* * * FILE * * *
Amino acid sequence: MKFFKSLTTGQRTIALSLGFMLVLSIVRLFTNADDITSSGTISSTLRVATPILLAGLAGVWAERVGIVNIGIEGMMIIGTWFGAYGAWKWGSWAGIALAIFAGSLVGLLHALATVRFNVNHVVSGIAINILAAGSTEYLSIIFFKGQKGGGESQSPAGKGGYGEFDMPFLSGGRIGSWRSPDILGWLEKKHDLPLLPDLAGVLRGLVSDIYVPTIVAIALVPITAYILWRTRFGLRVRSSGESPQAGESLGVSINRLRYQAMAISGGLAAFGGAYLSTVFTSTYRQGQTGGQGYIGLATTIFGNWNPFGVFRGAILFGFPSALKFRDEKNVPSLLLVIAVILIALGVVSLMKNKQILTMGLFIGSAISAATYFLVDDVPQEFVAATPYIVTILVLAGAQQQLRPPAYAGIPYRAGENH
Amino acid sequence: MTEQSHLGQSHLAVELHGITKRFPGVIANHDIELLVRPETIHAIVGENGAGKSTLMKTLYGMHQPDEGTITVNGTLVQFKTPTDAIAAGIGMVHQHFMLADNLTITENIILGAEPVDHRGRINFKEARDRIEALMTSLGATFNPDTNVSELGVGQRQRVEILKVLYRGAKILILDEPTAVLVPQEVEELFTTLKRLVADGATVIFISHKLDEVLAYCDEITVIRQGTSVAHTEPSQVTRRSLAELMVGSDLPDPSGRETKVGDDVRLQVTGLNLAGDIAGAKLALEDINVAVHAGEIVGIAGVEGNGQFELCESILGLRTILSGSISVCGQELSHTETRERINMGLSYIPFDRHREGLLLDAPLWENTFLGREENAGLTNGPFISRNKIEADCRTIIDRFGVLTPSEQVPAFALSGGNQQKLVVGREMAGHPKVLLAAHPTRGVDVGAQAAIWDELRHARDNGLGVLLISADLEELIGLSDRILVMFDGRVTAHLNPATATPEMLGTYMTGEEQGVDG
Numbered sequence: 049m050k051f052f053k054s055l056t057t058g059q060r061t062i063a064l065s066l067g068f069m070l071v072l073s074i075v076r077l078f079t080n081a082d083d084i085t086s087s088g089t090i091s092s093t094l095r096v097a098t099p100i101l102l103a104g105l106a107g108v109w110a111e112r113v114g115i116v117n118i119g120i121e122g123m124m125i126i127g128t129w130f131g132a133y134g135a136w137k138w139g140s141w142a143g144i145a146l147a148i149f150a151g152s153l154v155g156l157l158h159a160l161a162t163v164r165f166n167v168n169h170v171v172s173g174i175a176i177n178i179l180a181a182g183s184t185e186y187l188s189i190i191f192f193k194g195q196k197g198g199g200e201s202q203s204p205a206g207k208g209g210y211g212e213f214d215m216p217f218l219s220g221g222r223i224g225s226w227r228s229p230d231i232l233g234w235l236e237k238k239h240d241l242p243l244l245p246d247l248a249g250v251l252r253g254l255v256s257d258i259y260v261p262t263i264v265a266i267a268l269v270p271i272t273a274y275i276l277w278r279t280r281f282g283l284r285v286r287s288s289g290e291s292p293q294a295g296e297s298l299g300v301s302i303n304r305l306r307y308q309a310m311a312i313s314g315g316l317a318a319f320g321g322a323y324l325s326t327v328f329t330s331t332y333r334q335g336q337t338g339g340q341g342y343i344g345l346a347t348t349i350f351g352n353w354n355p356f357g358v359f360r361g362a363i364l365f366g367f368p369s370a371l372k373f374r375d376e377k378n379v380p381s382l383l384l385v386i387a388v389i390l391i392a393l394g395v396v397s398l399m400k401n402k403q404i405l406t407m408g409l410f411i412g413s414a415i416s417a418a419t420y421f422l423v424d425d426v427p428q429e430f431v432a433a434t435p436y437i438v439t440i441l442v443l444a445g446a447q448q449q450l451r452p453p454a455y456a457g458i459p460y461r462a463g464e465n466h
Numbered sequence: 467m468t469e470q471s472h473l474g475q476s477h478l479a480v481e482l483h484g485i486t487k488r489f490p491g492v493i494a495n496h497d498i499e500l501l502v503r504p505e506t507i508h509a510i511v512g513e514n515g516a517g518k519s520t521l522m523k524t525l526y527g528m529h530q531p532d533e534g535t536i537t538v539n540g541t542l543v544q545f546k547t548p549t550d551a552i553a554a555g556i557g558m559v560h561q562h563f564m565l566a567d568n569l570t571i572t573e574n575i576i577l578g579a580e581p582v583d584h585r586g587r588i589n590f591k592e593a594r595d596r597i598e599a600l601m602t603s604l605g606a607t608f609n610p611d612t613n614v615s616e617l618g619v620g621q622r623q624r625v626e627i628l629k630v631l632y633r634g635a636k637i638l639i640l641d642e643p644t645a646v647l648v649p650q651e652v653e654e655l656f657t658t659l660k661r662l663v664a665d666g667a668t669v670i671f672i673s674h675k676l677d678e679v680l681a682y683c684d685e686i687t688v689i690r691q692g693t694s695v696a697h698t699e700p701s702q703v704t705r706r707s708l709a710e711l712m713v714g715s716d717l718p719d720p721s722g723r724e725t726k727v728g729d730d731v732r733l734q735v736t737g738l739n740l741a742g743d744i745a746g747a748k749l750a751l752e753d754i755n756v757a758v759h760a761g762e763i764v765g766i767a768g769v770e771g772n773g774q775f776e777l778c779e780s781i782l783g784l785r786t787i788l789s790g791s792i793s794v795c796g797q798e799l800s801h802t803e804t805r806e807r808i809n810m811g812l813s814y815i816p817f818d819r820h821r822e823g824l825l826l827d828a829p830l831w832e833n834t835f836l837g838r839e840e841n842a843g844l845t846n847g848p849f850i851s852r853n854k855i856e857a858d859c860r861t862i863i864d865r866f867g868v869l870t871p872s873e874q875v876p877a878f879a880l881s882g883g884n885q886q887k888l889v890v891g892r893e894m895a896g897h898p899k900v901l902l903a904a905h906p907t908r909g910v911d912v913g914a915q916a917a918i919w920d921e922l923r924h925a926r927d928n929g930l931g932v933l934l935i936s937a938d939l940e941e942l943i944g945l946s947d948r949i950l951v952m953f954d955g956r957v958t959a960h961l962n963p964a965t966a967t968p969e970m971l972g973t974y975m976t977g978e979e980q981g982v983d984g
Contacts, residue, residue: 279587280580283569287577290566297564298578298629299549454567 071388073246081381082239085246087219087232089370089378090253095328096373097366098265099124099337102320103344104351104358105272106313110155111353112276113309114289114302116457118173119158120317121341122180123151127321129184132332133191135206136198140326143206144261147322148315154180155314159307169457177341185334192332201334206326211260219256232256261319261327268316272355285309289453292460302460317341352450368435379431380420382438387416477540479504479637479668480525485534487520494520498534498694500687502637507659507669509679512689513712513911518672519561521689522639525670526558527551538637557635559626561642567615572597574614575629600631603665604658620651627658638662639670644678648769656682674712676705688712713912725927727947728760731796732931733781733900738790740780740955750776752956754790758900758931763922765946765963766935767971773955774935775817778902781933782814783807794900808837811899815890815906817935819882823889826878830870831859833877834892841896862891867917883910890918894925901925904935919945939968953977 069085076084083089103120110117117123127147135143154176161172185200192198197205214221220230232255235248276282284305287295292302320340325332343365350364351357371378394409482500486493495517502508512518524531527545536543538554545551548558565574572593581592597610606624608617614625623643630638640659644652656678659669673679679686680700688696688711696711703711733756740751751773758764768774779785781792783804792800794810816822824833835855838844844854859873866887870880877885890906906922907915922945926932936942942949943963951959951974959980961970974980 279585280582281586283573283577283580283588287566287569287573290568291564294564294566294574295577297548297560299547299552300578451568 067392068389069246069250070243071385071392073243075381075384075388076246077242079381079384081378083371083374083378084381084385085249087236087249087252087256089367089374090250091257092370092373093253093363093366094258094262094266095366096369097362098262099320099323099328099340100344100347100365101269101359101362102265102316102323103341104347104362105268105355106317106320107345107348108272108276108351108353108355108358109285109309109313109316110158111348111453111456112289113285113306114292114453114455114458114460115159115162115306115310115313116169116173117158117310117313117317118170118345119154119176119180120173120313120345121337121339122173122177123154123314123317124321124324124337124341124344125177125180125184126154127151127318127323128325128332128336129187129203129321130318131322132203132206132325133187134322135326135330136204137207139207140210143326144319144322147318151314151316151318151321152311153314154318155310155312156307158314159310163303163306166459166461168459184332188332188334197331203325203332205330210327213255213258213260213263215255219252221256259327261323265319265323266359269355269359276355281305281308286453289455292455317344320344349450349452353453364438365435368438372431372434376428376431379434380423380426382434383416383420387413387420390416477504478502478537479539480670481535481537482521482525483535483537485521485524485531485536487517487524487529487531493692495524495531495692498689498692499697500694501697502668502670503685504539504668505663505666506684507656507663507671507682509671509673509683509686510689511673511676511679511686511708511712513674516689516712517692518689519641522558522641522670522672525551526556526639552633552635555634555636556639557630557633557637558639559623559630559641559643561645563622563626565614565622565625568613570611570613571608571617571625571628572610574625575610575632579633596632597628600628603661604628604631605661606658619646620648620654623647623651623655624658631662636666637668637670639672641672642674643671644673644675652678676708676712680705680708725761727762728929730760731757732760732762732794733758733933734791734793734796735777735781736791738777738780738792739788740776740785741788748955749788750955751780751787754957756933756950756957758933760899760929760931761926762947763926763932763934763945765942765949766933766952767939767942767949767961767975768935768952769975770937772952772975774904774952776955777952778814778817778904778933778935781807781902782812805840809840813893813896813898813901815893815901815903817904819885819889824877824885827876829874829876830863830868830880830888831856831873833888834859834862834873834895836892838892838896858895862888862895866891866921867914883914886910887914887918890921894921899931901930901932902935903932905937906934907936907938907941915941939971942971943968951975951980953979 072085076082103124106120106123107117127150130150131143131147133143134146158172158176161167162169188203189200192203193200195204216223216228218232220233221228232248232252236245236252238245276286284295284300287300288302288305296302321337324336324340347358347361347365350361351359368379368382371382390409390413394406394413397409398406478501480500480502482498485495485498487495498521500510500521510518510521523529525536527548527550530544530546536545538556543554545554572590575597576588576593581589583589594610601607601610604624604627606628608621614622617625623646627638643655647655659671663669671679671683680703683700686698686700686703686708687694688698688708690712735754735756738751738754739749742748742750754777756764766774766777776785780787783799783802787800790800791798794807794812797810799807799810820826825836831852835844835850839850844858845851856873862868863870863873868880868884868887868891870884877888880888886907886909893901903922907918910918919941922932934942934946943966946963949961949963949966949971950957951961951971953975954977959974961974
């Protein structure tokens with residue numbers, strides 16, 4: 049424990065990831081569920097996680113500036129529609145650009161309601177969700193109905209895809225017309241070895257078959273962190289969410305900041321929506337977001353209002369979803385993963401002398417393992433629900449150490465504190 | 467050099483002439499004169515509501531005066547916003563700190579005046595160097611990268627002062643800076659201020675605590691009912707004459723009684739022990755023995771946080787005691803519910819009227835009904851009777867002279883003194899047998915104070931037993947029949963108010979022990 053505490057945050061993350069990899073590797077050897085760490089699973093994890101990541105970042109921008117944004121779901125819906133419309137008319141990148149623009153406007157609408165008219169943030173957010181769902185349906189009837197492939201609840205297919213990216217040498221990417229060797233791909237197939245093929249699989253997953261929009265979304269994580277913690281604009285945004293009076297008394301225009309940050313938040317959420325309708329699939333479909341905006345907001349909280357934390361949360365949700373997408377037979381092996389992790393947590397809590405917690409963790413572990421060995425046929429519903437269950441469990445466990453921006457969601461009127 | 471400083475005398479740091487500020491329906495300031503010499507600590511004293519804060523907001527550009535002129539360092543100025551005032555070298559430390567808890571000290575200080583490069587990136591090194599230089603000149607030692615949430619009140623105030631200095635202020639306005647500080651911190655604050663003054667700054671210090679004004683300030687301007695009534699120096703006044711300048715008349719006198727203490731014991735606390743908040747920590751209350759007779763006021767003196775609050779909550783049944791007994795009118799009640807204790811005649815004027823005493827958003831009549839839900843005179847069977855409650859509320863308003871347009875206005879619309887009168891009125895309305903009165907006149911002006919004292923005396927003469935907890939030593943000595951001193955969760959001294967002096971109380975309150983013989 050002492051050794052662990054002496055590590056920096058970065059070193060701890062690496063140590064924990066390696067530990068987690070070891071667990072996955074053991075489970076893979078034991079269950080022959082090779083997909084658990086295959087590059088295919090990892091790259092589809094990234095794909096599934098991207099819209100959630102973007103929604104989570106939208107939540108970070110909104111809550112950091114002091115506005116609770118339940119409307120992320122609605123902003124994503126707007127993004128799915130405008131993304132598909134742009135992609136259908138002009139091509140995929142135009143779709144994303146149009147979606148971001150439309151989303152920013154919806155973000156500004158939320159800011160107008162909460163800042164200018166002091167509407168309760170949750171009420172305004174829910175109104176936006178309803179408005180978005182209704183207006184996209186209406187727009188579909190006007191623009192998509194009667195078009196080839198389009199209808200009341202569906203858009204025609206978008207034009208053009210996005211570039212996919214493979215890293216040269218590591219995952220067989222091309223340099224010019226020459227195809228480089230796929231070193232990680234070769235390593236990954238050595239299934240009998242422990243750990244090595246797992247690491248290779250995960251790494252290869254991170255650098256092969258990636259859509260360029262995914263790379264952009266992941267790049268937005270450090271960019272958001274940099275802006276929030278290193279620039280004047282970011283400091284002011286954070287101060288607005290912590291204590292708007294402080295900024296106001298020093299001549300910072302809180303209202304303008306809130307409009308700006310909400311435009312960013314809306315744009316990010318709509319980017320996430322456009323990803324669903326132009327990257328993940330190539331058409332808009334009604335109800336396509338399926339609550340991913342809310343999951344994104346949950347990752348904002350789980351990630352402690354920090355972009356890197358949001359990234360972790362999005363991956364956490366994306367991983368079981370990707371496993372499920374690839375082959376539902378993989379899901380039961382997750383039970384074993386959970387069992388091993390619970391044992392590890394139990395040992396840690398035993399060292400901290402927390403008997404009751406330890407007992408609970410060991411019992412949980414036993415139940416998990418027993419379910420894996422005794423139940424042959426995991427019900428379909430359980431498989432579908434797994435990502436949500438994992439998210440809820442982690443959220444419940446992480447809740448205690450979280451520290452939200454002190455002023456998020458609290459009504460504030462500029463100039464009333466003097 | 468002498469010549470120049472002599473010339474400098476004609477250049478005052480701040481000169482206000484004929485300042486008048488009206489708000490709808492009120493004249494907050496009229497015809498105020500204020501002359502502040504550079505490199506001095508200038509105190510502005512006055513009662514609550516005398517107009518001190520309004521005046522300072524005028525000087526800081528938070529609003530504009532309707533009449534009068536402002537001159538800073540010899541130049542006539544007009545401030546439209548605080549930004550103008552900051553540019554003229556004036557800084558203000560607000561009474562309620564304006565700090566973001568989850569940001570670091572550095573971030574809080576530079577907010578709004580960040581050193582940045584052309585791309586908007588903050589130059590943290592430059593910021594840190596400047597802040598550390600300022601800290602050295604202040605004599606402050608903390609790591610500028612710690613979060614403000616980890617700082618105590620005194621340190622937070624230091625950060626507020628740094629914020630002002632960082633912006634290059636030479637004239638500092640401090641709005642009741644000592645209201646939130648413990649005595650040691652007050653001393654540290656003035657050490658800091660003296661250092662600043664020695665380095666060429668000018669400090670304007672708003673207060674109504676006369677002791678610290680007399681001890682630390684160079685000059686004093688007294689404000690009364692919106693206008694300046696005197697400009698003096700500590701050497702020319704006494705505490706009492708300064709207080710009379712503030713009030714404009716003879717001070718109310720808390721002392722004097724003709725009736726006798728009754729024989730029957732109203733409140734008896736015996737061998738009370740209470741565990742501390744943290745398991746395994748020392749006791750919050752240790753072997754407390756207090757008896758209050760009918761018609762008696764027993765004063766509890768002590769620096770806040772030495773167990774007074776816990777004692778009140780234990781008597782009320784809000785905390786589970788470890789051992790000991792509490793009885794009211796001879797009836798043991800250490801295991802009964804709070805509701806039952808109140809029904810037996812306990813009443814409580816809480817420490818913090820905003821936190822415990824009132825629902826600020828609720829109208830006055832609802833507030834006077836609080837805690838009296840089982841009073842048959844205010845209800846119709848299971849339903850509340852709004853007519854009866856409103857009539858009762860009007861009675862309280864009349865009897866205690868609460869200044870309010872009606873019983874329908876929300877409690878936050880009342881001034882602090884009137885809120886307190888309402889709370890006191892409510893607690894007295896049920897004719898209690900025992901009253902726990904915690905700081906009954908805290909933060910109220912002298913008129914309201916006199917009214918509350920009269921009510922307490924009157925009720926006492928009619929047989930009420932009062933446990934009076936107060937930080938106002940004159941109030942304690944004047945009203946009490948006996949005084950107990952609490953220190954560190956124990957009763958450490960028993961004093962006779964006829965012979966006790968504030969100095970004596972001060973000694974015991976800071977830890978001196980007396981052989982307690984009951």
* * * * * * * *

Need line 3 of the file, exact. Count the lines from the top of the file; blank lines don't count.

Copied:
Numbered sequence: 049m050k051f052f053k054s055l056t057t058g059q060r061t062i063a064l065s066l067g068f069m070l071v072l073s074i075v076r077l078f079t080n081a082d083d084i085t086s087s088g089t090i091s092s093t094l095r096v097a098t099p100i101l102l103a104g105l106a107g108v109w110a111e112r113v114g115i116v117n118i119g120i121e122g123m124m125i126i127g128t129w130f131g132a133y134g135a136w137k138w139g140s141w142a143g144i145a146l147a148i149f150a151g152s153l154v155g156l157l158h159a160l161a162t163v164r165f166n167v168n169h170v171v172s173g174i175a176i177n178i179l180a181a182g183s184t185e186y187l188s189i190i191f192f193k194g195q196k197g198g199g200e201s202q203s204p205a206g207k208g209g210y211g212e213f214d215m216p217f218l219s220g221g222r223i224g225s226w227r228s229p230d231i232l233g234w235l236e237k238k239h240d241l242p243l244l245p246d247l248a249g250v251l252r253g254l255v256s257d258i259y260v261p262t263i264v265a266i267a268l269v270p271i272t273a274y275i276l277w278r279t280r281f282g283l284r285v286r287s288s289g290e291s292p293q294a295g296e297s298l299g300v301s302i303n304r305l306r307y308q309a310m311a312i313s314g315g316l317a318a319f320g321g322a323y324l325s326t327v328f329t330s331t332y333r334q335g336q337t338g339g340q341g342y343i344g345l346a347t348t349i350f351g352n353w354n355p356f357g358v359f360r361g362a363i364l365f366g367f368p369s370a371l372k373f374r375d376e377k378n379v380p381s382l383l384l385v386i387a388v389i390l391i392a393l394g395v396v397s398l399m400k401n402k403q404i405l406t407m408g409l410f411i412g413s414a415i416s417a418a419t420y421f422l423v424d425d426v427p428q429e430f431v432a433a434t435p436y437i438v439t440i441l442v443l444a445g446a447q448q449q450l451r452p453p454a455y456a457g458i459p460y461r462a463g464e465n466h